The League offers many ways to raise your Civics IQ and learn about issues and candidates. Here are some important ones:



  1. iCivics (founded by Justice Sandra Day O’Connor) exists to engage students in meaningful civic learning. The site provides well-written, inventive, free resources, and easy-to-use activities for educators and their families.
  2. The Lou Frey Institute promotes the development of enlightened, responsible, and actively engaged citizens.
  3. Civics360 is funded by the Lou Frey Institute at the University of Central Florida and provided by the Florida Joint Center for Citizenship, in collaboration with the Escambia County School District. This series of videos targets the civic knowledge and skills necessary to succeed on Florida’s Civics End-of-Course Assessment.
  4. Florida Civic Health is your tool to monitor civic participation in Florida and its communities. To help you better understand Florida, the site allows you to compare Florida and Florida’s cities to other states and cities across the nation. Florida Civic Health’s goal is to support your efforts to improve Florida’s civic health.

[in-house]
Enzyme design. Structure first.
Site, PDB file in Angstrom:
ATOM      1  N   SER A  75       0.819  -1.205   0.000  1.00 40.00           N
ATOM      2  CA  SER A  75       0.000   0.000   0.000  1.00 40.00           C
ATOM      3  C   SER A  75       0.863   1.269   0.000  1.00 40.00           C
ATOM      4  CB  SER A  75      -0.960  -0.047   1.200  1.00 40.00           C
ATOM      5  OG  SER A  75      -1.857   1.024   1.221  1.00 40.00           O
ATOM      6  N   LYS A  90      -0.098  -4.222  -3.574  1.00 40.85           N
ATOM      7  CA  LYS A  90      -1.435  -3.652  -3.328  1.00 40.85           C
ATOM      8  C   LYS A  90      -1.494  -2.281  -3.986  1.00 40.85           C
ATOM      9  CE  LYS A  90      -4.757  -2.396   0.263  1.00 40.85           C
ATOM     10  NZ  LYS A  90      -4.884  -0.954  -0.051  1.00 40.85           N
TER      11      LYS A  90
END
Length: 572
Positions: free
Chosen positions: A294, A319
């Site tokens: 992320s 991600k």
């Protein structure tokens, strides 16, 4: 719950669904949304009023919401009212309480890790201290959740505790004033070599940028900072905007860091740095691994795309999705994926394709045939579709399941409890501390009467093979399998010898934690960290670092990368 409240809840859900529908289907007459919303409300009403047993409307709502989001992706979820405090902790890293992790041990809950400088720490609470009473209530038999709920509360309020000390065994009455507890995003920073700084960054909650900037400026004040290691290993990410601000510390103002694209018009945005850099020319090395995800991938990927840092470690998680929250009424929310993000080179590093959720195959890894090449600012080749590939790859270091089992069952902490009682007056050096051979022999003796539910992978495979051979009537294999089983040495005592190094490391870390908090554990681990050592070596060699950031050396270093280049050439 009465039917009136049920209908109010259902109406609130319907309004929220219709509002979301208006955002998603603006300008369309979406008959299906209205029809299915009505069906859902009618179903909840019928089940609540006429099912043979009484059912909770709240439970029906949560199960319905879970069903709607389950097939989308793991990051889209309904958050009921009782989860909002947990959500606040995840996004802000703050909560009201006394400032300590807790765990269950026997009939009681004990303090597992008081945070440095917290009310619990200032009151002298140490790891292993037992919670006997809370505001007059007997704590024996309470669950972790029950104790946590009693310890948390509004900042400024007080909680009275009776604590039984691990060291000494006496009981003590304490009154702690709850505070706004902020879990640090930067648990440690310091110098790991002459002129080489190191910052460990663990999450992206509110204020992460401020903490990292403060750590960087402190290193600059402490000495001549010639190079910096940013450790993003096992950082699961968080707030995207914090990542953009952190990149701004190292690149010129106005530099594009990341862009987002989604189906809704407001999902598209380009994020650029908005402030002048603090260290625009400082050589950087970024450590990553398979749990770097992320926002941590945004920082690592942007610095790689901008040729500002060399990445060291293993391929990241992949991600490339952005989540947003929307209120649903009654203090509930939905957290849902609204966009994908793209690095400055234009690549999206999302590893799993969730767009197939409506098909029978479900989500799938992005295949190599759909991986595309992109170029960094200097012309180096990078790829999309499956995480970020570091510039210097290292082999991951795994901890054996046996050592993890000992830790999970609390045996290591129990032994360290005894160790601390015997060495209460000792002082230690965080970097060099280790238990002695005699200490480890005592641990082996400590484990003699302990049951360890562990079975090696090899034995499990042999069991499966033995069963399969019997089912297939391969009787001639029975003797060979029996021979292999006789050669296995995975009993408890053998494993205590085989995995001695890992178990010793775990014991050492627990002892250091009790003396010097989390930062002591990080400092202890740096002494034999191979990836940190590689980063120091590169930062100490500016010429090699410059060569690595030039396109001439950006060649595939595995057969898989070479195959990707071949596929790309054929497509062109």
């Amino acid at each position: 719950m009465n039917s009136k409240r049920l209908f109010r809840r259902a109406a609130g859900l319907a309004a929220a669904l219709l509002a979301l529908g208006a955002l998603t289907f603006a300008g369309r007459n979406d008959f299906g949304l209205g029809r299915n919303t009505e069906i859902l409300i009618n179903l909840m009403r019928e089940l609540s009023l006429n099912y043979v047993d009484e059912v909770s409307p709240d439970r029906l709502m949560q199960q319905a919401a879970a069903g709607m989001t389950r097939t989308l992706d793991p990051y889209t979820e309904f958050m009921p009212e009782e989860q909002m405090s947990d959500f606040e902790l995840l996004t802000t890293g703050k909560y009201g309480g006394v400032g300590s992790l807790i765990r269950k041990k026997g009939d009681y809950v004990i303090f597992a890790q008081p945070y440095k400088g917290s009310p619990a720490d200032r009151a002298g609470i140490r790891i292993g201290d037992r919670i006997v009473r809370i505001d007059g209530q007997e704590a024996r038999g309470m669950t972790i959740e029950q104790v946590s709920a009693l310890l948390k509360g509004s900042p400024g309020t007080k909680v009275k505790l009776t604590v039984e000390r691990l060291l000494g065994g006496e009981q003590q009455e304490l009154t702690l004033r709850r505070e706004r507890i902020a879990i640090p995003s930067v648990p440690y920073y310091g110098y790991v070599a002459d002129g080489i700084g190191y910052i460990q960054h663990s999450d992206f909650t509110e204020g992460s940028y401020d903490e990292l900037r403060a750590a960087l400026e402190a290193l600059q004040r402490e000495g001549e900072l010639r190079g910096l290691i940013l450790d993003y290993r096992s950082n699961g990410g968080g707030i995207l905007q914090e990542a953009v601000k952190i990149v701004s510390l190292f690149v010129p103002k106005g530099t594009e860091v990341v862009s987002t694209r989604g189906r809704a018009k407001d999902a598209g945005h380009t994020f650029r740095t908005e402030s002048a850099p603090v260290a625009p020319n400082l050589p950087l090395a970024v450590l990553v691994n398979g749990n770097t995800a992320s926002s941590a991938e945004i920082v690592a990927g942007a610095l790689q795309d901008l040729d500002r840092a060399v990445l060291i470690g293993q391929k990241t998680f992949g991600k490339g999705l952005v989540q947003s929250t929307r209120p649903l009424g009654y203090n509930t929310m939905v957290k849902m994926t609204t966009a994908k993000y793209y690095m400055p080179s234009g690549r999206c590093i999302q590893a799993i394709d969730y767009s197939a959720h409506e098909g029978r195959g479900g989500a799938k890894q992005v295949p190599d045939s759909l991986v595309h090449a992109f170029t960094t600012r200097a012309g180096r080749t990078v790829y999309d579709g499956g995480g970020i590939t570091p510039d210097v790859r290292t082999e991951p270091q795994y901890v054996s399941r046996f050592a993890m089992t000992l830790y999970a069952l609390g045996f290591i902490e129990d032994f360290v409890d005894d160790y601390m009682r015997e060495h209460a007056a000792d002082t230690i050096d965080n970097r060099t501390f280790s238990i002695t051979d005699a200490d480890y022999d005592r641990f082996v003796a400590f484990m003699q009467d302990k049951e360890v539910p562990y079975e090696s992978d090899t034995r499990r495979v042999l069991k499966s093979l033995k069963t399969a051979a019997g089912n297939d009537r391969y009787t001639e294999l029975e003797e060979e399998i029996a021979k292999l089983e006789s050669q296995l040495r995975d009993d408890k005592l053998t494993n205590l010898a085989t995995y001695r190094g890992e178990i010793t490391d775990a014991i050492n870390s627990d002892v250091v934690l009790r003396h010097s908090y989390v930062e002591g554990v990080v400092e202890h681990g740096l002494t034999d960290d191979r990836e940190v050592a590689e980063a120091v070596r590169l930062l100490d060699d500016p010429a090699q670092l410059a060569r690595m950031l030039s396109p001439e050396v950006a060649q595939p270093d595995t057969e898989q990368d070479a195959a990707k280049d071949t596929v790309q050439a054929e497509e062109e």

5. VerifyIt! was developed by the Youth Outreach Services Committee of the League of Women Voters, Alameda, CA, to address media literacy, voting knowledge and to encourage civic engagement.  The committee developed the game to appeal to people of all ages but especially young voters and future voters to encourage them to become informed and active participants in their democracy.


  1. The Biden administration has announced to do away with the stringent Trump-era citizenship test and revert to the easier 2008 version, making the US naturalization process more accessible to all eligible individuals. The new process comes into effect on March 1, 2021. Source: US Citizenship and Immigration Services (USCIS). (Citizenship Resource Center- Civics Test)
  2. December 2020 – Florida Bill SB 146 would establish an option for Florida school districts to include a nonpartisan civic literacy project through their U.S. Government curriculum. That project would require students to identify an issue or problem in their community, research the problem, and then develop strategies to address it here.
  3. December 2020 Rand Article. Want to Rebuild Public Trust? Focus on Civic Education | RAND